But let’s go back to the word I used to open this post – Why. Why does the CFPB need this information, what do they intend to do with it and perhaps most tellingly why do they need information on 85 – 90 percent of the active credit cards in the country when a smaller sample would suffice for modeling consumer behavior? It’s a simple question but nowhere have I seen an answer. It does seem to be important, really important since in the Congressional hearing CFPB Director Richard Cordray responded to this question in this manner.

“Would you object to getting permission from consumers, those people who you work for, before you collect and monitor their information?” Rep. Sean Duffy, R-Wis., asked Cordray.

“That would make it impossible to get the data,” Cordray replied.

Which is the sort of imperial response one would expect from someone secure in the knowledge that his interlocutors had no power to alter his plans.

This sort of data collection is troubling at any time, more so when it is undertaken by a government entity not subject to control. In a representative democracy an agency like the CFPB has no business existing outside the normal bounds of oversight and control. Frustrating as it may be at times, the US system of governance has served our needs admirably. No other ruling contrivance has guaranteed and delivered the sort of privacy and immunity from governmental intrusion into private affairs as has our system. The CFPB is an outlier born in a period of legislative frenzy. It’s mission may be worthy, but it needs to be conducted under the same sort of control which we demand of all other functions of government. Its overreach in this instance validates that need.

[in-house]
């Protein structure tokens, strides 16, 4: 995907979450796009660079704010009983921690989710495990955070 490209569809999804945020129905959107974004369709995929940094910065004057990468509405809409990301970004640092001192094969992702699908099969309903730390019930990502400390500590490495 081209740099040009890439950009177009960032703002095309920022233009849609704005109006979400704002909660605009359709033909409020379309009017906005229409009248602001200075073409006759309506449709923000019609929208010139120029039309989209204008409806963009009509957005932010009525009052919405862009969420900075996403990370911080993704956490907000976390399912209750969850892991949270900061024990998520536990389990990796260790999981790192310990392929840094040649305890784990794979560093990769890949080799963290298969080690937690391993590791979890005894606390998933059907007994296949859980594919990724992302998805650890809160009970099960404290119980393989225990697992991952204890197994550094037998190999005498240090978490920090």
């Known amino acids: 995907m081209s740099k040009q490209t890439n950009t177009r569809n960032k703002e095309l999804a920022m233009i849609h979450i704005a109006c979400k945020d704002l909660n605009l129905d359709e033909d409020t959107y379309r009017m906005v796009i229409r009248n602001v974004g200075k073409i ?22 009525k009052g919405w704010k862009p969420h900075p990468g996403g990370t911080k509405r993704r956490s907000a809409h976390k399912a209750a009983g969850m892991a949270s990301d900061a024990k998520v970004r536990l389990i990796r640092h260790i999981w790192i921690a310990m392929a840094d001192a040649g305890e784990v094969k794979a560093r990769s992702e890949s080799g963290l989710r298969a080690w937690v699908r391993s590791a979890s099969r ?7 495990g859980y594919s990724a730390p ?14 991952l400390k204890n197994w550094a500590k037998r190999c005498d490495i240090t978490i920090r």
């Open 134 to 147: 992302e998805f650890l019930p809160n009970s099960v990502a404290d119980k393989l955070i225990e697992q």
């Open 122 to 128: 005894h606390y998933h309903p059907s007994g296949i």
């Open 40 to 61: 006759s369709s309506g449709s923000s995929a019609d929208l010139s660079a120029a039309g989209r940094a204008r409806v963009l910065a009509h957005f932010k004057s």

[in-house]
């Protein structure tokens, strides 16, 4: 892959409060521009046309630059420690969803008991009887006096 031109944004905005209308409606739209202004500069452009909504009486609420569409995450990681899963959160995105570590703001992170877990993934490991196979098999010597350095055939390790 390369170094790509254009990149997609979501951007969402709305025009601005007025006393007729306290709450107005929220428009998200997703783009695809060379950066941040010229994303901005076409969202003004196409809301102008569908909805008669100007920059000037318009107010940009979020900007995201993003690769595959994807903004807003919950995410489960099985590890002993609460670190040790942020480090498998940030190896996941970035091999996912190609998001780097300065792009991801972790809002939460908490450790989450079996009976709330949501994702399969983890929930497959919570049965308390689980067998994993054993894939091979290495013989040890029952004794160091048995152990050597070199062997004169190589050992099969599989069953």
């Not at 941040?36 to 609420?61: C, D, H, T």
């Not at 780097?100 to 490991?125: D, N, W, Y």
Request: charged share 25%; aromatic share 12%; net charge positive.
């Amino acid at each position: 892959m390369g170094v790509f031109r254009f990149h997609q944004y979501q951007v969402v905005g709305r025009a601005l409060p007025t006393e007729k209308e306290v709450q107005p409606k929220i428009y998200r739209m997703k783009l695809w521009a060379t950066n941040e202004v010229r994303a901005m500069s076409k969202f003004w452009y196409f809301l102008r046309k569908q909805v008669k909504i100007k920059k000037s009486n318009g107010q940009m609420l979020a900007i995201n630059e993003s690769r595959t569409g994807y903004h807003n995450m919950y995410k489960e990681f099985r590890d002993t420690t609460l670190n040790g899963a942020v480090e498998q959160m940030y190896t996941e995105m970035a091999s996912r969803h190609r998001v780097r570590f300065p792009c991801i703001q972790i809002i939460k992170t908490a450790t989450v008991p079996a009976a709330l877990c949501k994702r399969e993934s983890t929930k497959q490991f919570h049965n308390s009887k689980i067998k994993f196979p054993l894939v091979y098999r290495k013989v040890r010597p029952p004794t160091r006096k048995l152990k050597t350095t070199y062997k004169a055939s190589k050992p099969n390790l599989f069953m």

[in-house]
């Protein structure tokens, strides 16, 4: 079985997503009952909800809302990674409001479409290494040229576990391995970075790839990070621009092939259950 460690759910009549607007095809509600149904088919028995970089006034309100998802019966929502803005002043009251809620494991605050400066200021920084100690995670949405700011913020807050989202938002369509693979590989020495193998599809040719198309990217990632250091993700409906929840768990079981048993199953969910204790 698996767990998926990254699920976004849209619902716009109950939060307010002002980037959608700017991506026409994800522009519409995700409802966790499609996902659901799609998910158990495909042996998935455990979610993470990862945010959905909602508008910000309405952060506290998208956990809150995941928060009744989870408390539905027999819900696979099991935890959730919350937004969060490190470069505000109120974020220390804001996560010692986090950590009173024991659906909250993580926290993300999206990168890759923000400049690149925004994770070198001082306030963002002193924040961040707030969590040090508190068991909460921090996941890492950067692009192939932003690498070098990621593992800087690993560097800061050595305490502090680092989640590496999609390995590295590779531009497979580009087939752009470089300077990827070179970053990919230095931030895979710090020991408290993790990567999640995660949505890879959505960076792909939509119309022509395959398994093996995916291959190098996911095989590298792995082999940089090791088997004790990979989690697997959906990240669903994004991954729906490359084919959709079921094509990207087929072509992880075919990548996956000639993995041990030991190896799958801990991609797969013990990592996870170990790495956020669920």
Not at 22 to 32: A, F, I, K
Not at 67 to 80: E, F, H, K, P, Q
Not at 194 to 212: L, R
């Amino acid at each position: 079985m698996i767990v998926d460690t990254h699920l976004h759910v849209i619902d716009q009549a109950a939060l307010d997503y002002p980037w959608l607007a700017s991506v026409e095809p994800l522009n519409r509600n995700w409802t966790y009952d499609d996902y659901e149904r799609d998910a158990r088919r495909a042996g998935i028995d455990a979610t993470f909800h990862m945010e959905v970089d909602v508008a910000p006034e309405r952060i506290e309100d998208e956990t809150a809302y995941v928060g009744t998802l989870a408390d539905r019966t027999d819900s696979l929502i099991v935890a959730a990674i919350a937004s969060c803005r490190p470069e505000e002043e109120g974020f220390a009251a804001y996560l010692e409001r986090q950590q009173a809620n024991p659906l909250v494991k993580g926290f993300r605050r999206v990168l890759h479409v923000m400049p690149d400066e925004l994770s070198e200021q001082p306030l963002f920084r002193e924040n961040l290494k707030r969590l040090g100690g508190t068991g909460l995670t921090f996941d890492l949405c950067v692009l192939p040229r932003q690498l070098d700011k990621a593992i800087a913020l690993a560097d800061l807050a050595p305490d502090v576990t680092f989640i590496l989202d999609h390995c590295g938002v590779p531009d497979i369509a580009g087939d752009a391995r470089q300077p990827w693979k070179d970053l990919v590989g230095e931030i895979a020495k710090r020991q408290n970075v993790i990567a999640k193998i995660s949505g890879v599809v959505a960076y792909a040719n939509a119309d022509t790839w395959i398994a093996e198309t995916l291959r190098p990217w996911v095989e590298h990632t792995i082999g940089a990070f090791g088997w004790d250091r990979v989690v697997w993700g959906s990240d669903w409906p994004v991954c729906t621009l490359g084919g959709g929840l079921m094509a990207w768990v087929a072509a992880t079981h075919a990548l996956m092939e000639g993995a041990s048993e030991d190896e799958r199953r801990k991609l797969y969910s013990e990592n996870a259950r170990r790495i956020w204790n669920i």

¹ Excerpted from the Washington Examiner.

 

 

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Ignore This Month’s Employment Report

Another month, another jobs report. According to economists the report is bleak, adversely impacted by weather, full of unseen positives and, of course, going to either cause the Fed to delay tapering or stay the course. Given the fact that the reliability of the data is tenuous at best (the payroll survey and household survey show contradictory trends) any conclusion about the import of the report has as good a chance as any other of being either right or wrong. Here’s the best advice I’ve seen today.